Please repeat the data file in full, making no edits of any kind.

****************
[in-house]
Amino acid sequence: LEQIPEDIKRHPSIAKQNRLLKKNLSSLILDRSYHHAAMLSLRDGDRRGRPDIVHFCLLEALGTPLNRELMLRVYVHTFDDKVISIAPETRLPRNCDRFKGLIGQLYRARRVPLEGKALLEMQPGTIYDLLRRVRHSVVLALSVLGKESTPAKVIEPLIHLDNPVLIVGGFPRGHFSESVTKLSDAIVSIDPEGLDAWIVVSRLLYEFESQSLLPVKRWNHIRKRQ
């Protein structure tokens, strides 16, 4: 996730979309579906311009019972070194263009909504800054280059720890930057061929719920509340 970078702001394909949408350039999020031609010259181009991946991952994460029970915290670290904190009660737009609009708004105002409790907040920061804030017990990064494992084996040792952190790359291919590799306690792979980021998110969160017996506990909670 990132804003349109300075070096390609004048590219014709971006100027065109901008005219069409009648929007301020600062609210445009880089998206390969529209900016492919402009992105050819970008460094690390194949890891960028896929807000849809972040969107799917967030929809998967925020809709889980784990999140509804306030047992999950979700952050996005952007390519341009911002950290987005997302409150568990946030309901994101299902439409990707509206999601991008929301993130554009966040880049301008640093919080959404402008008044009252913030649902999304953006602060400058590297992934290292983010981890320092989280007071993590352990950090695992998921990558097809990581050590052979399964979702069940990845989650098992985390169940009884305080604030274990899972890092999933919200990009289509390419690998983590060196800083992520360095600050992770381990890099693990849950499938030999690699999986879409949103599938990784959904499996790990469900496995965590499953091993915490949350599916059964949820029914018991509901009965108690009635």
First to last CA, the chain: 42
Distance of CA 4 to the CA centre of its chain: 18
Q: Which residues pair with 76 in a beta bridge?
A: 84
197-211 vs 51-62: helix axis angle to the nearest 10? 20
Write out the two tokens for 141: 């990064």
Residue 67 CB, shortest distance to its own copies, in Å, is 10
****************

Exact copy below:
[in-house]
Amino acid sequence: LEQIPEDIKRHPSIAKQNRLLKKNLSSLILDRSYHHAAMLSLRDGDRRGRPDIVHFCLLEALGTPLNRELMLRVYVHTFDDKVISIAPETRLPRNCDRFKGLIGQLYRARRVPLEGKALLEMQPGTIYDLLRRVRHSVVLALSVLGKESTPAKVIEPLIHLDNPVLIVGGFPRGHFSESVTKLSDAIVSIDPEGLDAWIVVSRLLYEFESQSLLPVKRWNHIRKRQ
């Protein structure tokens, strides 16, 4: 996730979309579906311009019972070194263009909504800054280059720890930057061929719920509340 970078702001394909949408350039999020031609010259181009991946991952994460029970915290670290904190009660737009609009708004105002409790907040920061804030017990990064494992084996040792952190790359291919590799306690792979980021998110969160017996506990909670 990132804003349109300075070096390609004048590219014709971006100027065109901008005219069409009648929007301020600062609210445009880089998206390969529209900016492919402009992105050819970008460094690390194949890891960028896929807000849809972040969107799917967030929809998967925020809709889980784990999140509804306030047992999950979700952050996005952007390519341009911002950290987005997302409150568990946030309901994101299902439409990707509206999601991008929301993130554009966040880049301008640093919080959404402008008044009252913030649902999304953006602060400058590297992934290292983010981890320092989280007071993590352990950090695992998921990558097809990581050590052979399964979702069940990845989650098992985390169940009884305080604030274990899972890092999933919200990009289509390419690998983590060196800083992520360095600050992770381990890099693990849950499938030999690699999986879409949103599938990784959904499996790990469900496995965590499953091993915490949350599916059964949820029914018991509901009965108690009635």
First to last CA, the chain: 42
Distance of CA 4 to the CA centre of its chain: 18
Q: Which residues pair with 76 in a beta bridge?
A: 84
197-211 vs 51-62: helix axis angle to the nearest 10? 20
Write out the two tokens for 141: 């990064």
Residue 67 CB, shortest distance to its own copies, in Å, is 10